Christine Stuart photo
Joe Gaetano, president of the International Brotherhood of Police Officers Local 731, criticizes decision to layoff judicial marshals (Christine Stuart photo)

Connecticut’s Judicial Branch has declined an offer from the city of New Haven to pay for the judicial marshals currently staffing New Haven’s detention facility.

“We cannot accept the offer,” Rhonda Stearley-Hebert, a spokeswoman for the branch, said Tuesday.

The lockup in New Haven currently costs $1.75 million to $2 million to operate, according to New Haven Police Chief Dean Esserman.

“The 35 marshals assigned to the Union Avenue lockup in New Haven and at the lockup in Hartford will be transferred to cover other courthouse vacancies resulting from the layoffs,” Stearley-Hebert said Tuesday.

A total of 103 marshals will be laid off at the end of business on Thursday. However, judicial marshals will continue to staff the detention centers in New Haven and Hartford until the close of business June 30.

Laurence Grotheer, director of communications for New Haven Mayor Toni Harp, said Wednesday that the city is pursuing multiple options with regard to the future of its detention center to “ensure public safety and cost-effective administration of the program.”

In addition to trying to continue its relationship with the judicial branch — a subject that seems to be moot — it’s looking at sharing the responsibility among neighboring municipalities or having the New Haven Police Department run it, Grotheer said.

Chief Administrative Judge Patrick Carroll III informed Harp in April of his decision to terminate the relationship started under former New Haven Mayor John Daniels in 1993.

Joe Gaetano, president of the International Brotherhood of Police Officers Local 731, said Tuesday that he doesn’t understand why the Judicial Branch wouldn’t want to save the jobs of the 15 marshals working in New Haven.

He said if New Haven was willing to pay their salaries and benefits to keep everything as it has been over the past two decades, then it clearly wasn’t a budgetary issue.

“The branch has historically taken steps to work with other state agencies and municipalities to make budgets and staffing work (including the hiring of state police this week); what is different about judicial marshals and the city of New Haven?” Gaetano said.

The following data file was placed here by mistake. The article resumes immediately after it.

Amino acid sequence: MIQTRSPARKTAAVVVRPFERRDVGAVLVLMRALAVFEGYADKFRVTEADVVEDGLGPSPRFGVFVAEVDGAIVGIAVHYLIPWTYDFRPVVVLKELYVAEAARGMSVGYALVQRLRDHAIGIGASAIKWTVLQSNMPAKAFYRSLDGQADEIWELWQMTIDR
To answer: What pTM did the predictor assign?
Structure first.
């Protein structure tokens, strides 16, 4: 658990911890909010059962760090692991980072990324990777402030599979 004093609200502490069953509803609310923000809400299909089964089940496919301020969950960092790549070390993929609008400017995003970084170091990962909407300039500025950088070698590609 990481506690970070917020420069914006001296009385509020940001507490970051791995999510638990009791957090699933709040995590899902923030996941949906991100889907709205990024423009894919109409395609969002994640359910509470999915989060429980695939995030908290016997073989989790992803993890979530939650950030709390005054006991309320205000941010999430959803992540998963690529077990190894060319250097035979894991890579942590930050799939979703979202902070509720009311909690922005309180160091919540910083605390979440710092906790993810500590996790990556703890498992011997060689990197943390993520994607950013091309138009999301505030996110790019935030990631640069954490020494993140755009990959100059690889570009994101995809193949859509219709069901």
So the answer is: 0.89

Late last week, the Judicial Branch hired state police to staff four courthouses in Bridgeport, Hartford, New Haven, and Waterbury. Stearley-Hebert said the need for their continued presence will be reviewed weekly.

The state police will earn between $60 and $75 per hour, which has Gaetano scratching his head. He said that means the branch is paying an additional $12,000 a week for security at the same time as it’s laying off security.

The state police were hired by the branch after gang activity erupted outside the courthouse on Golden Hill Street in Bridgeport.

Gaetano said he doesn’t understand why if security is an issue they are laying off 103 judicial marshals.

A total of 300 full-time and temporary Judicial Branch employees received layoff notices — most of which will go into effect at the end of the day Thursday.

“In today’s society, is the first thing you lay off frontline security?” Gaetano said.

He said most people are increasing their security.

Gaetano said that there are certain posts in the courthouse that marshals can’t leave, so if something happens they will be unable to respond in a timely manner. He said it will also place a bigger burden on the marshals who are still employed.

The stress level will be higher and it’s likely there will be an increase in workers’ compensation claims.

While many people will never have a reason to go into criminal court, Gaetano said “family court is one of the most dangerous courts because there’s lots of emotion and lots of uncertainty.”

Back in February, Carroll testified that they would like to have 840 judicial marshals, but they only have 644 at any given time due to workers’ compensation and planned leave.

Gaetano says laying off 103 judicial marshals means the branch is shy about 300 judicial marshals.

“The closing of courthouses does not mean caseloads will be reduced; it means more business will be consolidated in fewer buildings,” Gaetano said. “At the same time, the Judicial Marshals, who were already understaffed, are being further reduced.”

However, the Judicial Branch maintained that “security is and always has been huge concern for the Judicial Branch.”